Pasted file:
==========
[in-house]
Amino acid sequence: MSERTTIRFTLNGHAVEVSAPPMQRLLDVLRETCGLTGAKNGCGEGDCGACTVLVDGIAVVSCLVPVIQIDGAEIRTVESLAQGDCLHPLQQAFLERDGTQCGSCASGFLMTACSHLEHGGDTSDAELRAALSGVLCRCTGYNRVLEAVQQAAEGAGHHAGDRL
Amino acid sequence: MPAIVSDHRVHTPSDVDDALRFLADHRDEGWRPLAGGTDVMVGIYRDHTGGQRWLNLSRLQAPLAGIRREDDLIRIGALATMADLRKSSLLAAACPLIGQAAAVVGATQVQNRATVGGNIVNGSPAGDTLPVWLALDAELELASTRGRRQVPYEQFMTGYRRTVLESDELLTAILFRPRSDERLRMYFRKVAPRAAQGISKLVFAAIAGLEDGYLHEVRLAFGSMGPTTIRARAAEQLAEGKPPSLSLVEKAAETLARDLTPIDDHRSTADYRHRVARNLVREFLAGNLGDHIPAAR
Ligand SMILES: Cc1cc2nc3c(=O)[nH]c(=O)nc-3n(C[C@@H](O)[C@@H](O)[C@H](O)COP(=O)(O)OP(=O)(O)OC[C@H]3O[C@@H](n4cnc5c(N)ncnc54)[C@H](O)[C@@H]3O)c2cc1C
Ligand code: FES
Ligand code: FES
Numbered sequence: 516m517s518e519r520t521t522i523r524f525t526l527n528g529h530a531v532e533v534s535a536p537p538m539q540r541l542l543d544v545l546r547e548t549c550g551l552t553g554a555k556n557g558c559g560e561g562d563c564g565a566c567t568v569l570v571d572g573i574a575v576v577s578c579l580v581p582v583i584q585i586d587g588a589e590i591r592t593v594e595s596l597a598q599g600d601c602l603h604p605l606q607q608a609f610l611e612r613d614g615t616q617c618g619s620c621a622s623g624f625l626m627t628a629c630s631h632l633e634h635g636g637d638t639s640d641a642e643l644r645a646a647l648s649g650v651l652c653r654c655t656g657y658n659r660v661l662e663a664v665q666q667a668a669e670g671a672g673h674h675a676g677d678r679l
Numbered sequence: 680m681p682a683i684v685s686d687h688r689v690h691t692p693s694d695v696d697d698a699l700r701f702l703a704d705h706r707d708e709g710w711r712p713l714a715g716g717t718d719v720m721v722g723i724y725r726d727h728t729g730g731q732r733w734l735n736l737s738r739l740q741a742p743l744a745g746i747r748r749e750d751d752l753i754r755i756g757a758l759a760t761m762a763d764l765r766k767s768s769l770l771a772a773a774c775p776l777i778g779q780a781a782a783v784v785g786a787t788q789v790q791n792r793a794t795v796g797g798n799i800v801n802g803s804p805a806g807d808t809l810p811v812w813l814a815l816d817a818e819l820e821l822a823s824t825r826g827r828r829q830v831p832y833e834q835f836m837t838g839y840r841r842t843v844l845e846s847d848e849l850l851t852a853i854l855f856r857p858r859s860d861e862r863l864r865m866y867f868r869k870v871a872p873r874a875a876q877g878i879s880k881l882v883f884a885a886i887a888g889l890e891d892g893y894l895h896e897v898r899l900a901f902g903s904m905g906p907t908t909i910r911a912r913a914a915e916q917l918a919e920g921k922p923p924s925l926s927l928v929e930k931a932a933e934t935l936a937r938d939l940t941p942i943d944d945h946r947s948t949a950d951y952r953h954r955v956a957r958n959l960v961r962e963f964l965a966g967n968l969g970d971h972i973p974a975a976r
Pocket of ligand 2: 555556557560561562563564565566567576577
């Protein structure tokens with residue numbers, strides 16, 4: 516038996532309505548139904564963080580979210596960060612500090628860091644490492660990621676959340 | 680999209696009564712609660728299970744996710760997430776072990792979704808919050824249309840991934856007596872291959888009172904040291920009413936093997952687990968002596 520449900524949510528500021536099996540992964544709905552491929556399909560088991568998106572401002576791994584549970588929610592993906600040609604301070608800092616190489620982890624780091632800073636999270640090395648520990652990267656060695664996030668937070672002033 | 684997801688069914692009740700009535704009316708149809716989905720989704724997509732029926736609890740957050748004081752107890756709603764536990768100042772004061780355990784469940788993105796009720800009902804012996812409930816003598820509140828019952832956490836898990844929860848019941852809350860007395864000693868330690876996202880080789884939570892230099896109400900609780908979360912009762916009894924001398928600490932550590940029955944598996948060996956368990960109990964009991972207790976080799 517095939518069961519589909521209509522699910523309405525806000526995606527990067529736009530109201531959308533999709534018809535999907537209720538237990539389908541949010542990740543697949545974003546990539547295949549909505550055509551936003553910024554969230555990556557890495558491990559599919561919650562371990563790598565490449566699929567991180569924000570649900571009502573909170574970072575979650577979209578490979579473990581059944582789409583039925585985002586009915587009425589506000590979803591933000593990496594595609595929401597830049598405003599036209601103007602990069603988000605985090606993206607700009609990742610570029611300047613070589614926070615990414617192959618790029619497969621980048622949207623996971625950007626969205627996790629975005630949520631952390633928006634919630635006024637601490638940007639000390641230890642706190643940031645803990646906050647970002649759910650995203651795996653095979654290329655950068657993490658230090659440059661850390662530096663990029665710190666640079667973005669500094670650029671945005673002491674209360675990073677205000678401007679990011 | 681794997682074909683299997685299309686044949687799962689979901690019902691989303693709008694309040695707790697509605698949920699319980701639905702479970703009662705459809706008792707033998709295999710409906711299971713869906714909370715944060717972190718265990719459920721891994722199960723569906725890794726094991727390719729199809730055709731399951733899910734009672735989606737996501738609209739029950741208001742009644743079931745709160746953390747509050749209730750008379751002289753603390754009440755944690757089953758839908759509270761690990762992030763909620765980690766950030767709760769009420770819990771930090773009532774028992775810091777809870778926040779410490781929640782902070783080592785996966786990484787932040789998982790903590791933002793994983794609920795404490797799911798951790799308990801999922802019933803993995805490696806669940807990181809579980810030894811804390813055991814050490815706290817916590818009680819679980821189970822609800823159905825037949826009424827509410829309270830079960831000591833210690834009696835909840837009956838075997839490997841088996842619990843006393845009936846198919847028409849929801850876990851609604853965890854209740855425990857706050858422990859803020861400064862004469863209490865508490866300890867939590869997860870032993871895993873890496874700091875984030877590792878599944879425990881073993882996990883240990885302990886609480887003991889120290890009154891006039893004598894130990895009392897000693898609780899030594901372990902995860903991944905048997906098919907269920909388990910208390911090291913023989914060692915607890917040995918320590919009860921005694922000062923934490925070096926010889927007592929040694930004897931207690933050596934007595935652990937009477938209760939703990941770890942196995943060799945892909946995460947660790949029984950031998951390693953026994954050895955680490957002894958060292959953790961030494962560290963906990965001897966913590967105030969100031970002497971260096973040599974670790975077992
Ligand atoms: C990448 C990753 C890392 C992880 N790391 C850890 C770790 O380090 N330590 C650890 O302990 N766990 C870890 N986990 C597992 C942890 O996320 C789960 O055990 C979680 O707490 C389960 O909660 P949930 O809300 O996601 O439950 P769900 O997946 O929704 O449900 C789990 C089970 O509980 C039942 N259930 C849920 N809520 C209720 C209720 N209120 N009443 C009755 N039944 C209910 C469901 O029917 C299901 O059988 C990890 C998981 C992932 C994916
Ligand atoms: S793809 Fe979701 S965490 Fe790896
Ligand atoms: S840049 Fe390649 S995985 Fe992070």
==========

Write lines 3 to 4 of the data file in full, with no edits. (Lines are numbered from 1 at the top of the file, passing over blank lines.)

Amino acid sequence: MPAIVSDHRVHTPSDVDDALRFLADHRDEGWRPLAGGTDVMVGIYRDHTGGQRWLNLSRLQAPLAGIRREDDLIRIGALATMADLRKSSLLAAACPLIGQAAAVVGATQVQNRATVGGNIVNGSPAGDTLPVWLALDAELELASTRGRRQVPYEQFMTGYRRTVLESDELLTAILFRPRSDERLRMYFRKVAPRAAQGISKLVFAAIAGLEDGYLHEVRLAFGSMGPTTIRARAAEQLAEGKPPSLSLVEKAAETLARDLTPIDDHRSTADYRHRVARNLVREFLAGNLGDHIPAAR
Ligand SMILES: Cc1cc2nc3c(=O)[nH]c(=O)nc-3n(C[C@@H](O)[C@@H](O)[C@H](O)COP(=O)(O)OP(=O)(O)OC[C@H]3O[C@@H](n4cnc5c(N)ncnc54)[C@H](O)[C@@H]3O)c2cc1C